The end of August 2021 was the end of a sad century in the history of chemistry. Headlines proclaimed the world finally stopped using leaded gasoline. The UN announced Algeria used the last of its automotive leaded gasoline stockpile on August 30.
Looking through today’s eyes, knowing the damage caused by leaded fuel, it seems impossible to consider putting lead into gasoline. Indeed, much of the reporting on leaded gasoline paints the inventor, Thomas Midgley, as a Shakespearean villain. Midgley is declared by some to be the person responsible for more environmental damage than anyone else in human history, the individual chemist responsible for impacting the most lives. The history is far more complex.
My first encounters with the Midgley story conjured a picture of a rogue chemist operating on the fringes of the chemical enterprise. I was wrong. Midgley was awarded both the Perkin and Priestley medals, two of the highest honors in chemistry. He was elected to the National Academy. He was president of the ACS and a long-time board member. He was mainstream. He was lionized for his accomplishments, especially leaded gasoline.
Attempts to get more horsepower out of internal combustion engines prompted a move to higher compression. Pushing to higher compression ratios dramatically increased engine performance, but uneven combustion caused engine knocking. In 1921, Midgley found tetraethyl lead (TEL) proved effective at very low concentrations to stop knocking. Added at 0.4 g/L, it doubles the horsepower of an engine. To reach the same horsepower, an engine could be half the size, burning half the fuel. TEL effectively doubled the constrained gasoline supply of the day. It was nothing short of revolutionary, except for the toxic part.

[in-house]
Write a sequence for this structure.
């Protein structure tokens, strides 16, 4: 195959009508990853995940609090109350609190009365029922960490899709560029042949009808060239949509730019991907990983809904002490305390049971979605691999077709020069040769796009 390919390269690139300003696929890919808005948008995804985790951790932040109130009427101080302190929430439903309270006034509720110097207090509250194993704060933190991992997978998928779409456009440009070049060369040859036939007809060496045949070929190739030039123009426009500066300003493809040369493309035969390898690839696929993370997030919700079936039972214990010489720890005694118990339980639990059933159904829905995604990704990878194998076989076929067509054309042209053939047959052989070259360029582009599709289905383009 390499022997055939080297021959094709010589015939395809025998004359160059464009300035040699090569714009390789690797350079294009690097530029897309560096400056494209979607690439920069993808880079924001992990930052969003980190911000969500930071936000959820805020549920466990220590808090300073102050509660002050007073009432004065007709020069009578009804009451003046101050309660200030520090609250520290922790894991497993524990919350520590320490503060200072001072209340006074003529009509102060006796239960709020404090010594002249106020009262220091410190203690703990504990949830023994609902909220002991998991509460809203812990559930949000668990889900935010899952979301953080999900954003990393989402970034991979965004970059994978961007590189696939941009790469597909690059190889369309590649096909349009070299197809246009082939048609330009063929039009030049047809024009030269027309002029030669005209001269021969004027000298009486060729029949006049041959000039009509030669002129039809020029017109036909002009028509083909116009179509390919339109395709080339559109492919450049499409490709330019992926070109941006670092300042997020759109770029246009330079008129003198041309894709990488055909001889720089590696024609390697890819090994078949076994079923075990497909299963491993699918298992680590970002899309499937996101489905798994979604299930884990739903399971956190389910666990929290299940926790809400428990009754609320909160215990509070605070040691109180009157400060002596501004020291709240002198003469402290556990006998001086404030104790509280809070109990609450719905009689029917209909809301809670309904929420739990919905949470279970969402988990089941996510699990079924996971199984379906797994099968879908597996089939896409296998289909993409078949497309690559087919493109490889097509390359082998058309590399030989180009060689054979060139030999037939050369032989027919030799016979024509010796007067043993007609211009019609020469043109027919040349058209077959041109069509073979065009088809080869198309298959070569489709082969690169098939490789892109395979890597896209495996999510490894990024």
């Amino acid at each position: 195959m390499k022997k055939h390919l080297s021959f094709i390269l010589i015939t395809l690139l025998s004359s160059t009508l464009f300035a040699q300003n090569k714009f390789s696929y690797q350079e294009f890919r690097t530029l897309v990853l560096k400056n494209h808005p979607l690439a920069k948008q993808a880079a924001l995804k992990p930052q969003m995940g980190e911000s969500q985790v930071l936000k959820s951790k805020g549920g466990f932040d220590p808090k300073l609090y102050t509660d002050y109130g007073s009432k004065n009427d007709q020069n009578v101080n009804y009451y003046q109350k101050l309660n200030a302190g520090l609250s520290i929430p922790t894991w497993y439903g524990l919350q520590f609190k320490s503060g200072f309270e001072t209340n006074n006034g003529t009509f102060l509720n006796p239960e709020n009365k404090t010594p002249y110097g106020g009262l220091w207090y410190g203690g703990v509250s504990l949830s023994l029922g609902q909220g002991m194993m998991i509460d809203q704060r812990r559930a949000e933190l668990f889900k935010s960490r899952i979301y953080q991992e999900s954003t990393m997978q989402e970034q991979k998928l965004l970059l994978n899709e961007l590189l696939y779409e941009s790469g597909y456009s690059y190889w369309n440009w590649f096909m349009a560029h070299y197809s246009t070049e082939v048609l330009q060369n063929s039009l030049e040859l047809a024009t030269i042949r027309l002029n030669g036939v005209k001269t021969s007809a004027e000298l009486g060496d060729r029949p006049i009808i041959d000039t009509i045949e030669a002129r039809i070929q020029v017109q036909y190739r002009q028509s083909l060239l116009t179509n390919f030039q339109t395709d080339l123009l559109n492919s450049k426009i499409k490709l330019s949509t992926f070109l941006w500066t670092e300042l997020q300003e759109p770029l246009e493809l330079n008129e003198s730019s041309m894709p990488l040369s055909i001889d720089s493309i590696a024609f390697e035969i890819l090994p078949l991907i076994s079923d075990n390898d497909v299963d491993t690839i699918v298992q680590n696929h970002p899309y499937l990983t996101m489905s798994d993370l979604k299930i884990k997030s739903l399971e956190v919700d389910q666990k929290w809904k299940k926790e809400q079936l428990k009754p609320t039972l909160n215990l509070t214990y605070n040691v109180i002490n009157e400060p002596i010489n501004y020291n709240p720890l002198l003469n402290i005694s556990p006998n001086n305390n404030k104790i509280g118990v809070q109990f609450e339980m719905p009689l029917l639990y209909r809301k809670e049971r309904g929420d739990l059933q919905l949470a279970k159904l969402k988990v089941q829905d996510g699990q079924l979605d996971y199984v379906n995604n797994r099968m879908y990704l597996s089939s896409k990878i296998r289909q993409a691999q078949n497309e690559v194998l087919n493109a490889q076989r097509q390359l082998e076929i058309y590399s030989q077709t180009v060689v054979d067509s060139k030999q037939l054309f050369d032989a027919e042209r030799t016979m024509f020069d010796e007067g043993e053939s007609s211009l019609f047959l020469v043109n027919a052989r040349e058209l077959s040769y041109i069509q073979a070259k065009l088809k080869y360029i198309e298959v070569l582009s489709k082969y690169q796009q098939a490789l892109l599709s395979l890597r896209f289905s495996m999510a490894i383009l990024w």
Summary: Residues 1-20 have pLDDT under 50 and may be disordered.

The “dose makes the poison” is well known, leading Midgley to ask whether the dose, the exposure, would be sufficiently low to be safe. Testing showed animals survived exhaust vapors. Ways to distribute the lead were developed to limit potential for exposure in the supply chain. Risks in handling were managed. Every time a concern was raised, steps were taken to mitigate the concern, or testing was done to demonstrate safety. Midgley investigated the hazard with the tools of the day and attempted to manage the risks.
Running a thought experiment, suppose a potent organolead additive was discovered today that doubled gasoline mileage. It would be a sustainability boon, with the potential to halve atmospheric carbon emissions from autos. It would be a sustainability bust due to the hazards associated with lead. Is there an acceptable level of lead leaking into the environment in order to half transportation carbon emissions? Lead was present in gasoline at about a part per thousand by weight. Would a part per million be OK? A part per billion?
The answer that immediately comes to mind is there is no acceptable level. I wish it were that easy.
Electrification stands tall as one of the major ways the world will decarbonize. Many of the materials we’ll need for the photovoltaics, the wind turbines, the batteries, and the wires are metals. The extraction, smelting and purification will release lead from the ores. There aren’t zero lead options. We face Midgley’s dilemma, trading one environmental burden against another.